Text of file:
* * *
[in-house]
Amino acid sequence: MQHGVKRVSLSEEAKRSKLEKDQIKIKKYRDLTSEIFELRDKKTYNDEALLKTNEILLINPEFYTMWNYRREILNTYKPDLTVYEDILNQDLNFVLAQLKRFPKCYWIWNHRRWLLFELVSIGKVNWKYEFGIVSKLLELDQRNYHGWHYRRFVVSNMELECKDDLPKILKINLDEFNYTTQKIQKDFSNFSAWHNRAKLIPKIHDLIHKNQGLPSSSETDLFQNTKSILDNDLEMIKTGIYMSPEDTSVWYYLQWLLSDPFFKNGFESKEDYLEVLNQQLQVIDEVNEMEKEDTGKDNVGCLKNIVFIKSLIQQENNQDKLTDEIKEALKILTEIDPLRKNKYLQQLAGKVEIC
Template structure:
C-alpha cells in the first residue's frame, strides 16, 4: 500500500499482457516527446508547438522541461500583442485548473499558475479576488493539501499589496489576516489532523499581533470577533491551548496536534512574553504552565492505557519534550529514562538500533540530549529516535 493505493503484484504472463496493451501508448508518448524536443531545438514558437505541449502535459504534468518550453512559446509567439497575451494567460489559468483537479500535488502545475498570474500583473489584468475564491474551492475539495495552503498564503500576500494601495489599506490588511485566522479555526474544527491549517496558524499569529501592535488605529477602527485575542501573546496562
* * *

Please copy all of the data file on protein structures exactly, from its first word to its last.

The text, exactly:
[in-house]
Amino acid sequence: MQHGVKRVSLSEEAKRSKLEKDQIKIKKYRDLTSEIFELRDKKTYNDEALLKTNEILLINPEFYTMWNYRREILNTYKPDLTVYEDILNQDLNFVLAQLKRFPKCYWIWNHRRWLLFELVSIGKVNWKYEFGIVSKLLELDQRNYHGWHYRRFVVSNMELECKDDLPKILKINLDEFNYTTQKIQKDFSNFSAWHNRAKLIPKIHDLIHKNQGLPSSSETDLFQNTKSILDNDLEMIKTGIYMSPEDTSVWYYLQWLLSDPFFKNGFESKEDYLEVLNQQLQVIDEVNEMEKEDTGKDNVGCLKNIVFIKSLIQQENNQDKLTDEIKEALKILTEIDPLRKNKYLQQLAGKVEIC
Template structure:
C-alpha cells in the first residue's frame, strides 16, 4: 500500500499482457516527446508547438522541461500583442485548473499558475479576488493539501499589496489576516489532523499581533470577533491551548496536534512574553504552565492505557519534550529514562538500533540530549529516535 493505493503484484504472463496493451501508448508518448524536443531545438514558437505541449502535459504534468518550453512559446509567439497575451494567460489559468483537479500535488502545475498570474500583473489584468475564491474551492475539495495552503498564503500576500494601495489599506490588511485566522479555526474544527491549517496558524499569529501592535488605529477602527485575542501573546496562